The rollback comes as about 60% of Connecticut residents 65 and older have been vaccinated against the coronavirus, helping to drive down hospitalizations, new infections and deaths to their lowest point in 2021, though still higher than last summer.
The governor’s announcement was expected. It comes after Texas, Mississippi and three other states took more aggressive steps to end mask mandates and business restrictions, a move denounced as premature by President Joe Biden.
Gov. Ned Lamont said Monday he is throwing out the state’s current playbook for the COVID-19 vaccine rollout – which had prioritized people with underlying medical conditions and certain types of workers, such as grocery store and agricultural employees – and is shifting to a system that is strictly age-based, with the next round of shots open to people who are 55 to 64 beginning March 1.
The announcement came just as the state was supposed to open up the next round of vaccines to “essential workers” such as teachers and other school staff, grocery store employees and transportation workers, as well as people 16 and older who have underlying health conditions like heart disease and diabetes.
State officials said teachers and others who work in the schools will still be prioritized in the coming weeks, with special clinics devoted just to those employees. Schools staff is expected to become eligible beginning March 1, with a goal of giving all workers who want a shot access to a first dose by late March.
But the governor’s announcement Monday — which ironically was made the same day the national Food Industry Association celebrated “Supermarket Employee Day” — shifted to a priority system that is strictly age-based, with one exception: school employees and child care providers. The next round of shots will open March 1 to people who are between ages 55 and 64, teachers and others who work in schools, and day care workers.
Besides grocery story workers, the administration also had been considering giving priority in this next phase to transportation workers, as well as people 16 and older who have underlying health conditions like heart disease and diabetes, and teachers and other school staff. Only the last group is being given priority in Lamont’s new plan.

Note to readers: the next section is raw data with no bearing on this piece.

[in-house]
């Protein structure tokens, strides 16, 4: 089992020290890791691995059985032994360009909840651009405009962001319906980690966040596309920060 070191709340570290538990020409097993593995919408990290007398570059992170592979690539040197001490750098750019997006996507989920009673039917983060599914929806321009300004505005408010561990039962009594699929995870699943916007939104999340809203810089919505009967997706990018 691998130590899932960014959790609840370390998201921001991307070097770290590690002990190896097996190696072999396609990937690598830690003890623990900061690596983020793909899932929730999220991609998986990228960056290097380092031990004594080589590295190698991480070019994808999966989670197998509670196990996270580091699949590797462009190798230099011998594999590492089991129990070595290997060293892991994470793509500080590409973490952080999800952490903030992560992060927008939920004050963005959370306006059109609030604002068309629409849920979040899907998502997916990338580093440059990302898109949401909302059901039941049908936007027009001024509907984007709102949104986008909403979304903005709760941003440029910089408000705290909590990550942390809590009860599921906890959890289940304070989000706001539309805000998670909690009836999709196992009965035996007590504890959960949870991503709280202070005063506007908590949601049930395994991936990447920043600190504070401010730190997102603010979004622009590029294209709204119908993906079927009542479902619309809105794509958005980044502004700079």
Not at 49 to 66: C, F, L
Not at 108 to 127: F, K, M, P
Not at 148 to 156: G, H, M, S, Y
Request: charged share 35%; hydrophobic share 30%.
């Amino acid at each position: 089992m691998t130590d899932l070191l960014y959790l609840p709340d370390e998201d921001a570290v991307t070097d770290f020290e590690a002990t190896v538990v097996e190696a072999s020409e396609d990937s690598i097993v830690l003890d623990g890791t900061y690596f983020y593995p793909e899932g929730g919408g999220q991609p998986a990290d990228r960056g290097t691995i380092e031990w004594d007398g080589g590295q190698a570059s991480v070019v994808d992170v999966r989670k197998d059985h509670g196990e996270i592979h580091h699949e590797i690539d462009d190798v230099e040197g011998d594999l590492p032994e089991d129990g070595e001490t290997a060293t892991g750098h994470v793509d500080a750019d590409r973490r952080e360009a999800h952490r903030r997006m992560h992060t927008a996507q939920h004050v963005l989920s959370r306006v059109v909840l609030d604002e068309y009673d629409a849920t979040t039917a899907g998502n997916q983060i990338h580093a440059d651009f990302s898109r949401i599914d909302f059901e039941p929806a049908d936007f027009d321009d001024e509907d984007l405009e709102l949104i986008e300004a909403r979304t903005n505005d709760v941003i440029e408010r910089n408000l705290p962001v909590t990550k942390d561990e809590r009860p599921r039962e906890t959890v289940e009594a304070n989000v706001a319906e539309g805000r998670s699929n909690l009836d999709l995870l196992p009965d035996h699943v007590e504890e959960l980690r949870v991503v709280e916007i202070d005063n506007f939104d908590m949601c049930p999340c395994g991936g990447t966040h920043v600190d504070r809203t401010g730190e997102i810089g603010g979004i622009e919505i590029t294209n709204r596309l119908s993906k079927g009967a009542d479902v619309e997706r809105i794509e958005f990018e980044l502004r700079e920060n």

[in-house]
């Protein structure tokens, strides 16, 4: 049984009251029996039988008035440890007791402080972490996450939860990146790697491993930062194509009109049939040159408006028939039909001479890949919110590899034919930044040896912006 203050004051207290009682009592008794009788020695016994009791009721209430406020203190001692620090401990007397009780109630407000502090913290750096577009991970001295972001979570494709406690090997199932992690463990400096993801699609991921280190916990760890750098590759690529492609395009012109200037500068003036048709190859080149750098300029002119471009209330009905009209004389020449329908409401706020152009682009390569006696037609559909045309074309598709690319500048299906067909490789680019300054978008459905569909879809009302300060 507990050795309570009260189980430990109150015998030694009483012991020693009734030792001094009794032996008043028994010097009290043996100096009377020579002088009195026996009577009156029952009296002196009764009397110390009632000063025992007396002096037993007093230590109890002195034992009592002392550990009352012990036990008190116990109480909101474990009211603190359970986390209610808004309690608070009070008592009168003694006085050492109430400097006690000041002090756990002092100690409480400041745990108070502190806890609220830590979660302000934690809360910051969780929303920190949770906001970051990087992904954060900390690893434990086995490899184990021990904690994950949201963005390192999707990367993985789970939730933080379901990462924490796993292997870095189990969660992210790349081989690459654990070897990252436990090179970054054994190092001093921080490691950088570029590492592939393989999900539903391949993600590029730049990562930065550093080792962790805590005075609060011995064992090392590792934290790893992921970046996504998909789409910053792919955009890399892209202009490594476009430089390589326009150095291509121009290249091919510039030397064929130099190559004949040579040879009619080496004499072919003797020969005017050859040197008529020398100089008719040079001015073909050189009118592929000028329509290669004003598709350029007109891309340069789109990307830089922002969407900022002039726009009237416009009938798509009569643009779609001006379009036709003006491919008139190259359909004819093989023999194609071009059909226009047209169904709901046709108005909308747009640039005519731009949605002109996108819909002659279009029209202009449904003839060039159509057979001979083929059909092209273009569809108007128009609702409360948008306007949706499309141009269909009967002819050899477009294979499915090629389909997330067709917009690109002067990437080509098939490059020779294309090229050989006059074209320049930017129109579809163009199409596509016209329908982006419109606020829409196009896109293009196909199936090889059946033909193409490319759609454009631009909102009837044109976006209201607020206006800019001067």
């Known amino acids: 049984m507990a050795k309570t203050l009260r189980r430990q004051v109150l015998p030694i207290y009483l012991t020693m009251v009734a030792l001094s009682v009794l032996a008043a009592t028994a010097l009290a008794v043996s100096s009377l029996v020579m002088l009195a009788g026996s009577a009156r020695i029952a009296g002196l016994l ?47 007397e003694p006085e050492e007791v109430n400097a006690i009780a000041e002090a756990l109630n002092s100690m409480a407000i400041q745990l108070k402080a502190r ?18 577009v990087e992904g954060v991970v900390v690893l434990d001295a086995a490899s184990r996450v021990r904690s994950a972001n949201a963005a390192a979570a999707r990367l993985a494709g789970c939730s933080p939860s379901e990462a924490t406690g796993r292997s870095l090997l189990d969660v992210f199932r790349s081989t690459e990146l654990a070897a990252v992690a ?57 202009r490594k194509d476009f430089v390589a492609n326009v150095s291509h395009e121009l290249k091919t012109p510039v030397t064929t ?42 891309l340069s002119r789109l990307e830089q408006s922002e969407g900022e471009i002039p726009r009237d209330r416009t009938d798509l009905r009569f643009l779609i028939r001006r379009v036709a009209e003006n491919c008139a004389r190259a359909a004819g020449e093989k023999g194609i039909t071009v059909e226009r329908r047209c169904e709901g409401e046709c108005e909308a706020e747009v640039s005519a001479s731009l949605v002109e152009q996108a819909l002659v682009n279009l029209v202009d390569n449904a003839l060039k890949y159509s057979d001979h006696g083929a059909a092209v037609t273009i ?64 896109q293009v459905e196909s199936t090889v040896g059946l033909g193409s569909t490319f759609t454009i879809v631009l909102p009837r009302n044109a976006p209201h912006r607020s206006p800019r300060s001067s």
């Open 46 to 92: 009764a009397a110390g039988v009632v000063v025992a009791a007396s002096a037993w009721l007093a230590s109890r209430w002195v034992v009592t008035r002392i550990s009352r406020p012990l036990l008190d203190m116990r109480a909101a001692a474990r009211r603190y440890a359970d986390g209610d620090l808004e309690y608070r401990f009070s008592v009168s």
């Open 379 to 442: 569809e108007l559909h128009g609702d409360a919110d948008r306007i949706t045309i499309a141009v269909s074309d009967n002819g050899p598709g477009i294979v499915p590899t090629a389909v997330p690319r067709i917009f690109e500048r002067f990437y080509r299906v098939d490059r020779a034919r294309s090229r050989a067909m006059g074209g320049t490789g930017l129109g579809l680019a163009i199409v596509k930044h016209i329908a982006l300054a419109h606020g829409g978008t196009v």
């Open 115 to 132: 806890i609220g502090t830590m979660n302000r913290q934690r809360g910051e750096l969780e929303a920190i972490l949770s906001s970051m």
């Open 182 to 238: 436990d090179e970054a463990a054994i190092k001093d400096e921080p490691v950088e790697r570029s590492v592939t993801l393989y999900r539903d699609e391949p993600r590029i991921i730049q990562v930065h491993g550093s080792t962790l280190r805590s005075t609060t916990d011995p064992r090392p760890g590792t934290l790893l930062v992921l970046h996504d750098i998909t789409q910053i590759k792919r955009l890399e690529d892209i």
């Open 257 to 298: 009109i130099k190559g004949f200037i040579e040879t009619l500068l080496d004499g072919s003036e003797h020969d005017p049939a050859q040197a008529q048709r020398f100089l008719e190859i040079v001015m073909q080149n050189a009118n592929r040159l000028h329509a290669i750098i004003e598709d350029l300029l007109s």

In announcing a surprising new vaccine distribution plan Monday, Gov. Ned Lamont said Connecticut’s approach was designed with two factors in mind: speed and equity.
“Broadly speaking, these are our goals for vaccination,” Lamont said. “Get as many people vaccinated as we possibly can … and complement that with equity, knowing full that our Black and brown population here in this state and around the country are twice as likely to suffer complications from an infection and half as likely to get vaccinated.”
But experts are divided on whether the new strategy will truly accomplish those goals — and particularly whether it will truly maximize equity. While state and hospital officials say this plan, which establishes priority groups almost strictly by age, will create a smoother, faster rollout, skeptics worry the new eligibility guidelines are not as inclusive as those the Lamont administration jettisoned.
Urban Democratic lawmakers attacked Gov. Ned Lamont’s new budget proposal Thursday, charging the two-year package does little to nothing to reverse long-standing gaps in education, health care and economic opportunity.
During a two-hour hearing with Lamont’s budget director, the governor’s fellow Democrats on the Appropriations Committee also questioned whether the $46 billion biennial package sets Connecticut up for another budget crisis after the next state election.
“I am so disappointed in this budget when it comes to human services,” said Rep. Cathy Abercrombie, D-Meriden. “Again, here we are, balancing a budget on the backs of our most vulnerable.”
Connecticut is already struggling amid an economic downturn. Imposing a significant tax increase simply chops any chance of recovery off at the knees and harms working families with a regressive tax at a time when few can afford it.